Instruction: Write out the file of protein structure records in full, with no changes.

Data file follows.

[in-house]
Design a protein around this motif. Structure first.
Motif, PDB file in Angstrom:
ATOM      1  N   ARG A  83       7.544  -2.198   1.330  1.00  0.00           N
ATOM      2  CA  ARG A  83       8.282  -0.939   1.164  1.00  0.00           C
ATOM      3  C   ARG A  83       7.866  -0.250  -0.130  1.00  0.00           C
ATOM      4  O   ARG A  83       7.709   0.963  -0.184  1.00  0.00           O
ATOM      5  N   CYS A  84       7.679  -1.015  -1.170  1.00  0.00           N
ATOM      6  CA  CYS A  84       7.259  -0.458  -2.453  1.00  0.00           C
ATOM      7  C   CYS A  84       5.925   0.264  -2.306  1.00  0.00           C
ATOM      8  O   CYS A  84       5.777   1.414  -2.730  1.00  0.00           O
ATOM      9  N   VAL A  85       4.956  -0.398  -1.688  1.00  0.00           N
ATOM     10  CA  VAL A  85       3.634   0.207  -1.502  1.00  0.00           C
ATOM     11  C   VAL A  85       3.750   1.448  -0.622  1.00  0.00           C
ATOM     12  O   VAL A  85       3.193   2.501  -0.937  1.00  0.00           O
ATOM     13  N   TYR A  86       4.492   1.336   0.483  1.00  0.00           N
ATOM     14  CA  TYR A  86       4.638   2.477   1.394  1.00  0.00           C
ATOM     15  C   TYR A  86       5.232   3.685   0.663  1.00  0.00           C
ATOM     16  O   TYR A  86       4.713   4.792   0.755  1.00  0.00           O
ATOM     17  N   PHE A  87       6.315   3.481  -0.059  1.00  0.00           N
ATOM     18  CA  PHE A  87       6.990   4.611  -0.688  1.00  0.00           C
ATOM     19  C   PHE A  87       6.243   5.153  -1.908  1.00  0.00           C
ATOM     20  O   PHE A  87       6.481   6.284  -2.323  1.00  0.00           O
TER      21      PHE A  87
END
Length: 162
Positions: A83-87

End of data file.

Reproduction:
[in-house]
Design a protein around this motif. Structure first.
Motif, PDB file in Angstrom:
ATOM      1  N   ARG A  83       7.544  -2.198   1.330  1.00  0.00           N
ATOM      2  CA  ARG A  83       8.282  -0.939   1.164  1.00  0.00           C
ATOM      3  C   ARG A  83       7.866  -0.250  -0.130  1.00  0.00           C
ATOM      4  O   ARG A  83       7.709   0.963  -0.184  1.00  0.00           O
ATOM      5  N   CYS A  84       7.679  -1.015  -1.170  1.00  0.00           N
ATOM      6  CA  CYS A  84       7.259  -0.458  -2.453  1.00  0.00           C
ATOM      7  C   CYS A  84       5.925   0.264  -2.306  1.00  0.00           C
ATOM      8  O   CYS A  84       5.777   1.414  -2.730  1.00  0.00           O
ATOM      9  N   VAL A  85       4.956  -0.398  -1.688  1.00  0.00           N
ATOM     10  CA  VAL A  85       3.634   0.207  -1.502  1.00  0.00           C
ATOM     11  C   VAL A  85       3.750   1.448  -0.622  1.00  0.00           C
ATOM     12  O   VAL A  85       3.193   2.501  -0.937  1.00  0.00           O
ATOM     13  N   TYR A  86       4.492   1.336   0.483  1.00  0.00           N
ATOM     14  CA  TYR A  86       4.638   2.477   1.394  1.00  0.00           C
ATOM     15  C   TYR A  86       5.232   3.685   0.663  1.00  0.00           C
ATOM     16  O   TYR A  86       4.713   4.792   0.755  1.00  0.00           O
ATOM     17  N   PHE A  87       6.315   3.481  -0.059  1.00  0.00           N
ATOM     18  CA  PHE A  87       6.990   4.611  -0.688  1.00  0.00           C
ATOM     19  C   PHE A  87       6.243   5.153  -1.908  1.00  0.00           C
ATOM     20  O   PHE A  87       6.481   6.284  -2.323  1.00  0.00           O
TER      21      PHE A  87
END
Length: 162
Positions: A83-87